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January 2004

Know What Your Core Business Is

Your core products or services are those on which you make the most money. If you focus on them, they become your specialty. People will learn soon enough they can readily fulfill their special interest or fill their need at your business.

I have three sons, all of whom have established auto-recycling facilities under varying degrees of my mentoring. Two of them specialize in older-model import cars; and the other, in Chrysler and Jeep parts. It did not take long for owners of these brands to learn they could readily find needed parts at one of these facilities. Also, it didn’t take long for my boys to become experts in their fields of specialty. It’s more important to know everything about something than a little about everything.

My sons generally get more for their parts than those competitors who dismantle every kind of car because they have become extremely knowledgeable about their specialty parts. Each has identified his core customer, matched his products and service to that customer, and focused his marketing accordingly. In each case, a particular brand is his core product. They sell other items, but they make the most on recycled products related to their brand specialty.

How do you decide what your core product is going to be? You might think it’s a matter of simply going for your passion, but that’s not the foundation for a good business decision. It certainly isn’t everyone driving past your place in a used car, although that used to be a good enough description.

The market demand for your core product must be there. You’ll find it by watching trends, crunching numbers, and testing the market. You can also identify it by separating your metrics by product or service line. Intuitively, you probably know exactly what your core product is, but you may have drifted into lots of other initiatives. You want to get a good price consistently or you may find that offering a certain product is not worthwhile. Interest in and need for the product line of your choice has to be there, and you are going to want to feel confident that both the interest and the need are going to stay in the market for a long time. We have tried to be too much for too many for too long; those days are gone. We can’t sell parts, install them, clean radiators, and focus on the last dollar of scrap. Choose what your core is.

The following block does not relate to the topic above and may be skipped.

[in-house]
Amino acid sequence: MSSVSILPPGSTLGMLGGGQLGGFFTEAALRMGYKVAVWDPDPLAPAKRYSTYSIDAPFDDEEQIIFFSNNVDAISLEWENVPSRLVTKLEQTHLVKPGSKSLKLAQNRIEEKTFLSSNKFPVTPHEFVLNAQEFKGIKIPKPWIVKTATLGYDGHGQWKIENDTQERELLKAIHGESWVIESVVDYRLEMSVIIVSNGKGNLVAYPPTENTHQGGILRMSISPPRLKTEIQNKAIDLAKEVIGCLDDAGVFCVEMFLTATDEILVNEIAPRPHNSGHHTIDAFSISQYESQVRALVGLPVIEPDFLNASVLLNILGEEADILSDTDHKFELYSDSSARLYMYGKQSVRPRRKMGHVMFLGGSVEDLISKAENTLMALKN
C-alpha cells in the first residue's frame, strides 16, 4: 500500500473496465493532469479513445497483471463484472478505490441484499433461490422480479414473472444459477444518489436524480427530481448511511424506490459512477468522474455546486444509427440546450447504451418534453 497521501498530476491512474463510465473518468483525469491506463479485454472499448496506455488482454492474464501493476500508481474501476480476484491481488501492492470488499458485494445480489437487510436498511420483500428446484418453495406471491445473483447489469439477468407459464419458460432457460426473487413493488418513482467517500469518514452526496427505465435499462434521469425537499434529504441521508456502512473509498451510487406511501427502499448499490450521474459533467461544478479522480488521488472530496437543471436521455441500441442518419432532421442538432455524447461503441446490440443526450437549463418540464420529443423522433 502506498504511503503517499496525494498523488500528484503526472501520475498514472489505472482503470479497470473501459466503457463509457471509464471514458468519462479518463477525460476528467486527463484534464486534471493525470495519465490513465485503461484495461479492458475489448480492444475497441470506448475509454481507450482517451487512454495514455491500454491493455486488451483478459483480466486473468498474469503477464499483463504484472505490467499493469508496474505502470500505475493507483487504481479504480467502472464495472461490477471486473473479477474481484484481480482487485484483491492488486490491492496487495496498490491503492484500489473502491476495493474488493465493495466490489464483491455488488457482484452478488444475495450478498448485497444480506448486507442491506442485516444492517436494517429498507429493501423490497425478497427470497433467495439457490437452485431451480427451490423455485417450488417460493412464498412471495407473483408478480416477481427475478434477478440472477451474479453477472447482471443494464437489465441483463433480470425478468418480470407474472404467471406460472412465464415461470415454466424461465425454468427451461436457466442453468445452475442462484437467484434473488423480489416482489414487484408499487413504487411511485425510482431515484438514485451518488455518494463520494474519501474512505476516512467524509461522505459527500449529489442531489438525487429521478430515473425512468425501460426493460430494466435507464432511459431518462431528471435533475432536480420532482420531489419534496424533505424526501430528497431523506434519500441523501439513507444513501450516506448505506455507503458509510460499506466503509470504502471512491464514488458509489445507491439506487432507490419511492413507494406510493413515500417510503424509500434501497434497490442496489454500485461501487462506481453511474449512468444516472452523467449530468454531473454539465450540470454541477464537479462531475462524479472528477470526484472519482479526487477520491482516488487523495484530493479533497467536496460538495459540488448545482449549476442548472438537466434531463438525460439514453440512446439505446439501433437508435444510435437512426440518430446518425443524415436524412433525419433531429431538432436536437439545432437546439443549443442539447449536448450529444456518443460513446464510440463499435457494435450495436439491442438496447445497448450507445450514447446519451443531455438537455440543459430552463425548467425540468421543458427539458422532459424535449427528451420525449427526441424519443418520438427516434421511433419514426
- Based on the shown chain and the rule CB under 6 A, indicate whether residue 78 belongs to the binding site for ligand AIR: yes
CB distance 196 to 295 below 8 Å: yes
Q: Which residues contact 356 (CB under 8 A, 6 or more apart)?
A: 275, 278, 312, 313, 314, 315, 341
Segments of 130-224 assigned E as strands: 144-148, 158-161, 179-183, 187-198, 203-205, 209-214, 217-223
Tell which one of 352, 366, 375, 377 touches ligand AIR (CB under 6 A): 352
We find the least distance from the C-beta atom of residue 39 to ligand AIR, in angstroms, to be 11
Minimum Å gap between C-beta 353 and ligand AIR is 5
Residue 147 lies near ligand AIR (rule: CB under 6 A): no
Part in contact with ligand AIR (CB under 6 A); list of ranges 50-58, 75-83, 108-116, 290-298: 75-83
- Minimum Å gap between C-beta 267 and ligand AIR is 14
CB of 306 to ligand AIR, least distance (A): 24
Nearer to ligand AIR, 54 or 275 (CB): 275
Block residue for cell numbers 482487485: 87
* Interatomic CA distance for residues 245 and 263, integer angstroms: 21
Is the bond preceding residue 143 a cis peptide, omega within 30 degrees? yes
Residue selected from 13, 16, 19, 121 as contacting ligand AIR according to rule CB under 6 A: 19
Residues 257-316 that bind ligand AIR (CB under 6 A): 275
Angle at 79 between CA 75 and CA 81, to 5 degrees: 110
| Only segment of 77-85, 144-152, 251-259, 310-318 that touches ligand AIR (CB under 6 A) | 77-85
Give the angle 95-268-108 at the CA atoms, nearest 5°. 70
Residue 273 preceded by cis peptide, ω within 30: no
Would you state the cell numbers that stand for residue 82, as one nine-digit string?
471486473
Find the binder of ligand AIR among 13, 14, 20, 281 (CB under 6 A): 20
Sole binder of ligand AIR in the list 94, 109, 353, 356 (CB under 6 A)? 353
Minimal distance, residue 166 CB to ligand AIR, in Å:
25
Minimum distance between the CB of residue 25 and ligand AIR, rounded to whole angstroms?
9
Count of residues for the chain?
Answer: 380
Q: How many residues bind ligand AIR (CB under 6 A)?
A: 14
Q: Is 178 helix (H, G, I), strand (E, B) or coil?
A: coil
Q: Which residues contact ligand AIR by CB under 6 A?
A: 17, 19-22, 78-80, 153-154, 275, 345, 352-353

You also want to make sure your supply for the core product will be available for you to build a business around it. Remember the guy who specialized in old body Mustang parts? His market fell out from beneath him because there were only a limited number to restore. The source dried up.

It may be profitable for a while to specialize in a product no longer being manufactured. You may actually enjoy quite a markup on your ability to obtain a limited supply. But sooner or later the well will run dry. As you anticipate that drop, plan for a new core product. Remember, it takes awhile to build a reputation. Allow enough time.

Don’t forget to subscribe to my free monthly auto recycling e-newsletter, with news and tips, register at www.autosalvageconsultant.com.

Next month: More good stuff from Chapter 5 of “Salvaging Millions”.
Remember, only you can make BUSINESS GREAT!

Ron Sturgeon is past owner of AAA Small Car World. In 1999, he sold his six Texas locations, with 140 employees, to Greenleaf. In 2001, he founded North Texas Insurance Auction, which he sold to Copart in 2002. In 2002, his book “Salvaging Millions” was published to help small business owners achieve significant success, and was recently reprinted. In June 2003, he joined the new ownership and management team of GreenLeaf. He also manages his real estate holdings and investments. You can learn more about him at WWW.autosalvageconsultant.com He can be reached at 5940 Eden, Haltom City, TX 76117, (best) rons@rdsinvestments.com or 817-834-3625 ext 6#.

 


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